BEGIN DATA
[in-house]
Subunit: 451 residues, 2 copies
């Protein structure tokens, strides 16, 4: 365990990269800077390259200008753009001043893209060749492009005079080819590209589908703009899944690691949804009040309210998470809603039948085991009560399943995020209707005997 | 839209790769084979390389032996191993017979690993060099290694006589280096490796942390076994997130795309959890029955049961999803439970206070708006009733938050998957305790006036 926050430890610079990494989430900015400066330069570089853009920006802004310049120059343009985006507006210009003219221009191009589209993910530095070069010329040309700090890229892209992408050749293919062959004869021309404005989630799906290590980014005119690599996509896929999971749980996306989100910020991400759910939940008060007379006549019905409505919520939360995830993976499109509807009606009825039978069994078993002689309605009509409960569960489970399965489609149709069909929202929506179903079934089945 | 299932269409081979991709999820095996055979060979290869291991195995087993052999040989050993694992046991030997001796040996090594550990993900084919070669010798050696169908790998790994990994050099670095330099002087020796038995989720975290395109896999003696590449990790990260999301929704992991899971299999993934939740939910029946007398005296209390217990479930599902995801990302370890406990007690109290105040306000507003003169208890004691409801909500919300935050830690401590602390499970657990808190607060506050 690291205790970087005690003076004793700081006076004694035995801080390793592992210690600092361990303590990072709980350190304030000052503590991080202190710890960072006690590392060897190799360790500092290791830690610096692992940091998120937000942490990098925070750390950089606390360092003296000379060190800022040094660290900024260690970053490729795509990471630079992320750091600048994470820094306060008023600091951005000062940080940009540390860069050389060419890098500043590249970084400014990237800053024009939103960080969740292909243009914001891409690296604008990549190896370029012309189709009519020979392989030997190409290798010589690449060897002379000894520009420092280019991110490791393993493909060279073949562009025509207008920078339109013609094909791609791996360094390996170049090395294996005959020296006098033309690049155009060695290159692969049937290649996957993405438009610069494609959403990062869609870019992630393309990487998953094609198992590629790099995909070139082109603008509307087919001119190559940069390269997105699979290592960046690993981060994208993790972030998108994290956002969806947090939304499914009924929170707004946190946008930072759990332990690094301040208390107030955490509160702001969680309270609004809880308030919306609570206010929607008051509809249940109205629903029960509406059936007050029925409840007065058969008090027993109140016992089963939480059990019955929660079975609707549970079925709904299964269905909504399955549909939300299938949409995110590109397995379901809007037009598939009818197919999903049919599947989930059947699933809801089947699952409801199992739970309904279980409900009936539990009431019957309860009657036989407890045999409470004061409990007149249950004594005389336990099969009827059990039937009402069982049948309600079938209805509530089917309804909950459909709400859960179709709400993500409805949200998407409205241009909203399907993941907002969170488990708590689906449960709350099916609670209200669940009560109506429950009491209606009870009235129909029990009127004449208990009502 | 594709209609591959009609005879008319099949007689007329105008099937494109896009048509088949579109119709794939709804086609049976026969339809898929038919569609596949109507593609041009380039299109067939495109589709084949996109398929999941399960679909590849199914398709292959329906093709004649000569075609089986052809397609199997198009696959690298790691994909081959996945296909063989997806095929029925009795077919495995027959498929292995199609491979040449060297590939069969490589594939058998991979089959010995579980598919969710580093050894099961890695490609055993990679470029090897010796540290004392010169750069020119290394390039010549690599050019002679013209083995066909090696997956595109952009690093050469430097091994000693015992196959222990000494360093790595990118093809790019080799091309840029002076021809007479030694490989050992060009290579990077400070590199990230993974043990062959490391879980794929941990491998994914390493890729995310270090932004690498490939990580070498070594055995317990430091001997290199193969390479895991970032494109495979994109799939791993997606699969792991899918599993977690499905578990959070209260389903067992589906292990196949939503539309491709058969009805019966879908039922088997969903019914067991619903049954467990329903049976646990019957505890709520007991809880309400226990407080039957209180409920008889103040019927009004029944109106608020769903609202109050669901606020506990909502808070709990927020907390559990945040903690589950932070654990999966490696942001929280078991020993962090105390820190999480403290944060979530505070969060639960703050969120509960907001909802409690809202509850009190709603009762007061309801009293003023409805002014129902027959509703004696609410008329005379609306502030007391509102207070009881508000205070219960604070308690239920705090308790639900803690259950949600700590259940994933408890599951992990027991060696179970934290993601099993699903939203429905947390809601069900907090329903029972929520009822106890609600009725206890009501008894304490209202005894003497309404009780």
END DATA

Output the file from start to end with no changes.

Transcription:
[in-house]
Subunit: 451 residues, 2 copies
């Protein structure tokens, strides 16, 4: 365990990269800077390259200008753009001043893209060749492009005079080819590209589908703009899944690691949804009040309210998470809603039948085991009560399943995020209707005997 | 839209790769084979390389032996191993017979690993060099290694006589280096490796942390076994997130795309959890029955049961999803439970206070708006009733938050998957305790006036 926050430890610079990494989430900015400066330069570089853009920006802004310049120059343009985006507006210009003219221009191009589209993910530095070069010329040309700090890229892209992408050749293919062959004869021309404005989630799906290590980014005119690599996509896929999971749980996306989100910020991400759910939940008060007379006549019905409505919520939360995830993976499109509807009606009825039978069994078993002689309605009509409960569960489970399965489609149709069909929202929506179903079934089945 | 299932269409081979991709999820095996055979060979290869291991195995087993052999040989050993694992046991030997001796040996090594550990993900084919070669010798050696169908790998790994990994050099670095330099002087020796038995989720975290395109896999003696590449990790990260999301929704992991899971299999993934939740939910029946007398005296209390217990479930599902995801990302370890406990007690109290105040306000507003003169208890004691409801909500919300935050830690401590602390499970657990808190607060506050 690291205790970087005690003076004793700081006076004694035995801080390793592992210690600092361990303590990072709980350190304030000052503590991080202190710890960072006690590392060897190799360790500092290791830690610096692992940091998120937000942490990098925070750390950089606390360092003296000379060190800022040094660290900024260690970053490729795509990471630079992320750091600048994470820094306060008023600091951005000062940080940009540390860069050389060419890098500043590249970084400014990237800053024009939103960080969740292909243009914001891409690296604008990549190896370029012309189709009519020979392989030997190409290798010589690449060897002379000894520009420092280019991110490791393993493909060279073949562009025509207008920078339109013609094909791609791996360094390996170049090395294996005959020296006098033309690049155009060695290159692969049937290649996957993405438009610069494609959403990062869609870019992630393309990487998953094609198992590629790099995909070139082109603008509307087919001119190559940069390269997105699979290592960046690993981060994208993790972030998108994290956002969806947090939304499914009924929170707004946190946008930072759990332990690094301040208390107030955490509160702001969680309270609004809880308030919306609570206010929607008051509809249940109205629903029960509406059936007050029925409840007065058969008090027993109140016992089963939480059990019955929660079975609707549970079925709904299964269905909504399955549909939300299938949409995110590109397995379901809007037009598939009818197919999903049919599947989930059947699933809801089947699952409801199992739970309904279980409900009936539990009431019957309860009657036989407890045999409470004061409990007149249950004594005389336990099969009827059990039937009402069982049948309600079938209805509530089917309804909950459909709400859960179709709400993500409805949200998407409205241009909203399907993941907002969170488990708590689906449960709350099916609670209200669940009560109506429950009491209606009870009235129909029990009127004449208990009502 | 594709209609591959009609005879008319099949007689007329105008099937494109896009048509088949579109119709794939709804086609049976026969339809898929038919569609596949109507593609041009380039299109067939495109589709084949996109398929999941399960679909590849199914398709292959329906093709004649000569075609089986052809397609199997198009696959690298790691994909081959996945296909063989997806095929029925009795077919495995027959498929292995199609491979040449060297590939069969490589594939058998991979089959010995579980598919969710580093050894099961890695490609055993990679470029090897010796540290004392010169750069020119290394390039010549690599050019002679013209083995066909090696997956595109952009690093050469430097091994000693015992196959222990000494360093790595990118093809790019080799091309840029002076021809007479030694490989050992060009290579990077400070590199990230993974043990062959490391879980794929941990491998994914390493890729995310270090932004690498490939990580070498070594055995317990430091001997290199193969390479895991970032494109495979994109799939791993997606699969792991899918599993977690499905578990959070209260389903067992589906292990196949939503539309491709058969009805019966879908039922088997969903019914067991619903049954467990329903049976646990019957505890709520007991809880309400226990407080039957209180409920008889103040019927009004029944109106608020769903609202109050669901606020506990909502808070709990927020907390559990945040903690589950932070654990999966490696942001929280078991020993962090105390820190999480403290944060979530505070969060639960703050969120509960907001909802409690809202509850009190709603009762007061309801009293003023409805002014129902027959509703004696609410008329005379609306502030007391509102207070009881508000205070219960604070308690239920705090308790639900803690259950949600700590259940994933408890599951992990027991060696179970934290993601099993699903939203429905947390809601069900907090329903029972929520009822106890609600009725206890009501008894304490209202005894003497309404009780």